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Art Interrupted displays previously forbidden exhibit


Traveling art exhibition "Art Interrupted: Advancing American Art and the Politics of Cultural Diplomacy" begins its three-month run at the IU Art Museum Saturday. Courtesy Photo Buy Photos

“Art Interrupted” is the resurrection of a 1946 show that attempted to establish an American cultural identity, but died a premature death because Congress thought it too controversial. It will be on display at the IU Art Museum Sept. 14 through Dec. 15.
The collection features more than 100 pieces of American art from the mid-1930s to the mid-1940s.

The original show, “Advancing American Art,” was created by a then-hopeful U.S. State Department. Intentions were good.

“It was meant to function as a tool of cultural diplomacy,” said Jenny McComas, curator of Western art after 1800.

After World War II, America was tasting the fruits of a newfound confidence, and the State Department wanted to showcase the rich, artful culture that had developed here, McComas said.

It was something that countries like Germany and the Soviet Union, where art was largely government controlled, didn’t have, so Art Curator J. Leroy Davidson was hired to construct a traveling exhibit showing off American art.

“Davidson selected works that expressed a wide range of styles and subject matters to show American democracy fostered freedom of expression,” McComas said. “He had a specific message in mind.”

But the execution of the message wasn’t to everyone’s liking. A public debate was sparked.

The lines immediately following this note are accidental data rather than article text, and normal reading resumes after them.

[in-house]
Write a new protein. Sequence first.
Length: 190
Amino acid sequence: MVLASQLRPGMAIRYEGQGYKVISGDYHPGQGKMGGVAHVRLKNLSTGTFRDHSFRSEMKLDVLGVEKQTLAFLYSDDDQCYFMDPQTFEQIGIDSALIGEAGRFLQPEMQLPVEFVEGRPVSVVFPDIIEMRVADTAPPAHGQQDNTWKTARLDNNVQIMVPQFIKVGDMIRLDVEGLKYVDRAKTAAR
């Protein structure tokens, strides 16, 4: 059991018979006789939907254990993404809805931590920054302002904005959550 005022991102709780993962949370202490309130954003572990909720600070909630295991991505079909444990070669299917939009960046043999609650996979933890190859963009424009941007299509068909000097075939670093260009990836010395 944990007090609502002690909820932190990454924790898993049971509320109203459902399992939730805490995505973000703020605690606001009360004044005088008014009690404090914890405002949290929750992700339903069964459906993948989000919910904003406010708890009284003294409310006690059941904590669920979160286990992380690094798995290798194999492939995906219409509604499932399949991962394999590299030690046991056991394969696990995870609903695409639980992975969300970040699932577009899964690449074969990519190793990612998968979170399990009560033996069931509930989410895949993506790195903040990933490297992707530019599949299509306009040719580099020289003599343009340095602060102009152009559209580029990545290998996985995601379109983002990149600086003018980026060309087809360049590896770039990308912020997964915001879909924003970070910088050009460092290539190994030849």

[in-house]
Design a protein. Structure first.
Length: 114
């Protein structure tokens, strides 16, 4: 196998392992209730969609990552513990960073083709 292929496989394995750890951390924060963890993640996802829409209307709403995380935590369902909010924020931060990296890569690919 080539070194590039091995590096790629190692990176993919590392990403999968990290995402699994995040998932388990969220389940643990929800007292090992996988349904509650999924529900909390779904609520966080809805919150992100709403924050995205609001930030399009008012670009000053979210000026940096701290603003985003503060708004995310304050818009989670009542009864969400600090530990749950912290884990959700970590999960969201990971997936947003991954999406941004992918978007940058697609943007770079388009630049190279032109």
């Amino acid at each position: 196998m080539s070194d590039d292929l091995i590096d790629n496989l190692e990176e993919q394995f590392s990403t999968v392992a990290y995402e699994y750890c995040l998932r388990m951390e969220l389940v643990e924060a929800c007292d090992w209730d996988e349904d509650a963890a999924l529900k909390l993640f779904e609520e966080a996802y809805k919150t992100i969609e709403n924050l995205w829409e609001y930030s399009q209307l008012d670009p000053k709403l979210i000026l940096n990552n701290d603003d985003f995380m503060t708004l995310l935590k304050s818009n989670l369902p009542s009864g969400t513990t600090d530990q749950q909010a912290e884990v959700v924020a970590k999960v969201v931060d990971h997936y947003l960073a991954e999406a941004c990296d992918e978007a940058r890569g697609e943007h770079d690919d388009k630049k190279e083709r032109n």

“Advancing American Art” was supposed to travel to Latin America and Europe, but it only made it to Haiti, Cuba and Czechoslovakia.

Since the show featured many left-minded artists, many thought it had Communist undertones that misrepresented the United States. The show was ripped from its tour months after it started.

It was supposed to last five years.

“It will remind audiences that art and politics often have a relationship, one that continues to be relevant to us now,” McComas said. “There is often great resistance to publicly fund the arts today, just as there was in the mid-twentieth century.”

The show contains 117 paintings by masters of their time, including Georgia O’Keefe, Ben Shahn and Stuart Davis.

Other featured artists aren’t as well-known, but their works all depict a space in time when America was still trying to find its place in the art world.

Though the current exhibit doesn’t contain all the original pieces from “Advancing American Art,” as many of the pieces were auctioned off by the War Assets Administration, “Art Interrupted” still presents the messages of its predecessor.
“This exhibition gives us the opportunity to rediscover them all,” McComas said.

Follow reporter Ashley Jenkins on Twitter @ashmorganj.

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